Plus, ped-bike initiative and update on Grand Connection visioning
At an extended study session on Monday, the City Council was briefed on the initial success of the Utilities Department's recently deployed mobile devices program. The program, part of the Utilities Mobile Workforce initiative adopted by the council in the 2015-16 budget, has received positive responses from both frontline field staff and customers.
Thanks to the new tablets, staff can now diagnose issues in real-time, avoid cumbersome paper maps and logs, reduce the number of miles they have to drive, and communicate with non-English speakers via a translation program.
The preliminary batch of 65 iPad Pro tablets were deployed to field staff in December. A majority of staff now use the new tool daily. Based on the last three months of user feedback, the city has already identified areas of improvement including more interactive maps and access to past inspection data.
Utilities' program highlights Bellevue's commitment to become a "Smart City," one of the Council 2016-17 priorities. Smart Cities use advances in information and communications technology to enhance livability, sustainably and resilience. The ultimate goal of is to achieve predictive, interoperable and adaptive services and operations.
Progress on pedestrian, bicycle system
Also on Monday, the council heard a progress report on the city's 2015 Pedestrian & Bicycle Implementation Initiative. The initiative identifies strategies to carry out projects and programs identified in a plan approved in 2009.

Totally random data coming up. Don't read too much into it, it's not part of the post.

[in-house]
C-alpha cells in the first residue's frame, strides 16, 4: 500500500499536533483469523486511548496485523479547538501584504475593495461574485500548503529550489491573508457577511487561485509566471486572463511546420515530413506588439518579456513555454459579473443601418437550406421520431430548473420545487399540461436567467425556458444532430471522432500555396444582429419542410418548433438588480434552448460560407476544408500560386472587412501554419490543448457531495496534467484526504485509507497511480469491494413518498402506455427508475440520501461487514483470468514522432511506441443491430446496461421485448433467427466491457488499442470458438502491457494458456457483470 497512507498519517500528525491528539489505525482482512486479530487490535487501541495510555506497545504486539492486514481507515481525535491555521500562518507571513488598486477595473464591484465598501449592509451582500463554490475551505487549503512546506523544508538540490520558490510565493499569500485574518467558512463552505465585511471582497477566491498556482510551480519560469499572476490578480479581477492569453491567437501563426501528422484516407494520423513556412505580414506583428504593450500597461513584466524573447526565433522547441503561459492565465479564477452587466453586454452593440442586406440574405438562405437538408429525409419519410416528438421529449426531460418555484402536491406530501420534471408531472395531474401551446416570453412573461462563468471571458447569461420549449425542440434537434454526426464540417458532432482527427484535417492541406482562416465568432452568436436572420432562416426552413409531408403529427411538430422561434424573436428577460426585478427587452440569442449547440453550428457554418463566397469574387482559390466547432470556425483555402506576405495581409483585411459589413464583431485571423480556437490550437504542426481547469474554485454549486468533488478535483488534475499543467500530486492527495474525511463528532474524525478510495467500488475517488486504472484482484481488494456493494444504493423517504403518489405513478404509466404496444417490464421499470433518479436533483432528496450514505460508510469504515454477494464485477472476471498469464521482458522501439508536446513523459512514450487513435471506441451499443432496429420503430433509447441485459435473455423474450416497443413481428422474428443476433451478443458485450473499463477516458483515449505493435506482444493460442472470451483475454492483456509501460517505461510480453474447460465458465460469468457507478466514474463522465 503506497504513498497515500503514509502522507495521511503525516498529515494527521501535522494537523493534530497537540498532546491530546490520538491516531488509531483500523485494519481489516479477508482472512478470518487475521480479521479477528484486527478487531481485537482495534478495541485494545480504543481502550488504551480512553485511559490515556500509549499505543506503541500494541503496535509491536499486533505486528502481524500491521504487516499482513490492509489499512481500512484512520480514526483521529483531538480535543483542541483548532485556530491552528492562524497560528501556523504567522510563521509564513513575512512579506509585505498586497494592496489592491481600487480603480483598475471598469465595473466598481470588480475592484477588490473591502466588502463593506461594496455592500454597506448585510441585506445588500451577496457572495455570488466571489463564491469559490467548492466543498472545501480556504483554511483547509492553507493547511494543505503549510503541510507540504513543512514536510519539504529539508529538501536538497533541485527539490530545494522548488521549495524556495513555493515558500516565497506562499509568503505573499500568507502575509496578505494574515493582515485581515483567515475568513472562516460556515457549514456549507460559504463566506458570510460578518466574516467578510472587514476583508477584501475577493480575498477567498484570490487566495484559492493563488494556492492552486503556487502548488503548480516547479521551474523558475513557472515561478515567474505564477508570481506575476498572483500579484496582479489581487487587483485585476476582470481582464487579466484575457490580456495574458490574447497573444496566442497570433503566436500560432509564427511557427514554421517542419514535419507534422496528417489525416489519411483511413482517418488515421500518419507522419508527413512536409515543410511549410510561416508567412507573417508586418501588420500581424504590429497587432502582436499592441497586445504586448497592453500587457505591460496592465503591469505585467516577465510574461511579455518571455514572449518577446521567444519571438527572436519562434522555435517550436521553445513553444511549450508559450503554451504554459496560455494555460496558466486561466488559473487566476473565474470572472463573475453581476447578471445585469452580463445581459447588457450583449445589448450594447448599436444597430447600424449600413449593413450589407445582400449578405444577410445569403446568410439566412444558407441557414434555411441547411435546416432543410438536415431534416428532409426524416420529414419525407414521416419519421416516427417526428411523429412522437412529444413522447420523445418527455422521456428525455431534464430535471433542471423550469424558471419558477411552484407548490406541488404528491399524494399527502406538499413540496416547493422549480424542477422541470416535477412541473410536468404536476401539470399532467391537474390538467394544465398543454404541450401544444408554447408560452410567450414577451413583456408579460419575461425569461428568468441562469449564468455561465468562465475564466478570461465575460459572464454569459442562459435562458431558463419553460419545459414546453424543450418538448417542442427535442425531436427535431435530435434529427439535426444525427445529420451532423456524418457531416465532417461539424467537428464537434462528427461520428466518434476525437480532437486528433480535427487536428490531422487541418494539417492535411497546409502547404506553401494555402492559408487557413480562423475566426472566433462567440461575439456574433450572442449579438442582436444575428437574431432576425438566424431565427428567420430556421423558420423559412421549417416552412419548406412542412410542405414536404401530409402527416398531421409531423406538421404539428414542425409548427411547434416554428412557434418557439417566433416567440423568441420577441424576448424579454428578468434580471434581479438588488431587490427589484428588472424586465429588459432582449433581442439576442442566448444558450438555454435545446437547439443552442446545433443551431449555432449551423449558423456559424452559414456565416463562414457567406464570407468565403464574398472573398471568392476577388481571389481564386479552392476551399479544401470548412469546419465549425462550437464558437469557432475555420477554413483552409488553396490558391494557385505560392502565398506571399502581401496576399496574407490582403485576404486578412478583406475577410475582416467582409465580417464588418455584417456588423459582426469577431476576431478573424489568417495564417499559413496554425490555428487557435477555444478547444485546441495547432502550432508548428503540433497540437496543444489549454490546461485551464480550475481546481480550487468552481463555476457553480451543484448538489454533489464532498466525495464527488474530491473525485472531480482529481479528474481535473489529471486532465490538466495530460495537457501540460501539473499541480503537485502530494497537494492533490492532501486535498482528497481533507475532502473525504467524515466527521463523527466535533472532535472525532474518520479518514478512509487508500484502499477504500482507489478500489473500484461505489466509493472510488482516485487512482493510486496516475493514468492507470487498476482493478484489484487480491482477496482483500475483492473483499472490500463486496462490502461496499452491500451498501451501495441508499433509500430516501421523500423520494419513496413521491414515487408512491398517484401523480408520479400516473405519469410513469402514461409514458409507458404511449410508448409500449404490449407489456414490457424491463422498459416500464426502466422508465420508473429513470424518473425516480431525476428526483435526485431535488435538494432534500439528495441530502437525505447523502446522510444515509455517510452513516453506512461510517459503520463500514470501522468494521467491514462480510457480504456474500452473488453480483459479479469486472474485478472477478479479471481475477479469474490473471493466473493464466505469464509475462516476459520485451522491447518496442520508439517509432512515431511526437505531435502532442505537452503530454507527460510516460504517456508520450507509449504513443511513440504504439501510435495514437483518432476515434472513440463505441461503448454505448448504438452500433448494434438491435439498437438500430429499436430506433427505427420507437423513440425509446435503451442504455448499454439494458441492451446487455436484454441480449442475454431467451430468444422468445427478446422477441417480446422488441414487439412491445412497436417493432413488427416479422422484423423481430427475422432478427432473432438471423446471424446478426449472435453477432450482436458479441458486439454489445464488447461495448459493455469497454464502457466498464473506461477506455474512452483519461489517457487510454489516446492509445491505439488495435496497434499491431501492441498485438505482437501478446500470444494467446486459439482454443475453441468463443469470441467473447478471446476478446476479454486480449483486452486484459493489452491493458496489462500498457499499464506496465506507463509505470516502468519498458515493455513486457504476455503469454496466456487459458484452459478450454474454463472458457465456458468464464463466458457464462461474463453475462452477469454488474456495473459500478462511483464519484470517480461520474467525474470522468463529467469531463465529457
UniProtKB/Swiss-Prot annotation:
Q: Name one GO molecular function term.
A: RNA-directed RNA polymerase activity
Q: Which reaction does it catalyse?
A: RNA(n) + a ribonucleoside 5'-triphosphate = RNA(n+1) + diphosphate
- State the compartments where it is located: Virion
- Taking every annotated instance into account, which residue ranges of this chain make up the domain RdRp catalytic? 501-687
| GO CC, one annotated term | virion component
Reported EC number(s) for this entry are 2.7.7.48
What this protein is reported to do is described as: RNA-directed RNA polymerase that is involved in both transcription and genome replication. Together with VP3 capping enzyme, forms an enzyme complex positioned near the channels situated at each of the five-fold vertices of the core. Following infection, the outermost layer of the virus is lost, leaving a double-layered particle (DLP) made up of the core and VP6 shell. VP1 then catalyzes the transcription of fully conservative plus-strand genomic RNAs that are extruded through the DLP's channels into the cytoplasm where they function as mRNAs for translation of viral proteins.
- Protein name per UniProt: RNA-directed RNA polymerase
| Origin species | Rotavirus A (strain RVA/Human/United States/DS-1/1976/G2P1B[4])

In addition to a series of technical reports and public outreach tasks to further the initiative, city staff reviewed a Bicycle Rapid Implementation Program designed to deliver road projects quickly and cost effectively.
In the 2017-2018 capital budget, these projects are eligible for $1.73 million in pedestrian and bicycle-related funding from the Neighborhood Safety, Connectivity and Congestion levy, approved by voters in November. That revenue is expected to add 16.7 miles of new or upgraded bicycle facilities citywide by 2019.
Included in the research and outreach work done so far is: a bicycle and pedestrian count program, a map showing citywide collisions over the past 10 years, and a Video Analytics Toward Vision Zero project that could allow data from traffic cameras to be analyzed in order to predict and prevent future crashes.
Grand Connection work continues
Councilmembers wrapped up Monday's meeting with a progress update on the ambitious Grand Connection project. The Grand Connection seeks to create a landmark vision for a non-motorized corridor that would stretch from Meydenbauer Bay through downtown to the Eastside Rail Corridor in the Wilburton commercial area.
As part of the presentation, staff showcased the next iteration of three concepts for the Interstate 405 crossing. The alternatives ranged from a dynamic and fluid bridge that incorporates sustainability and innovative application of materials to a large lid-like park that creates a new public space. After additional refinements, the three alternatives will be incorporated into the Wilburton Commercial Area Environmental Impact Statement process later this year. The process will assist in identifying a preferred alternative in early 2018.
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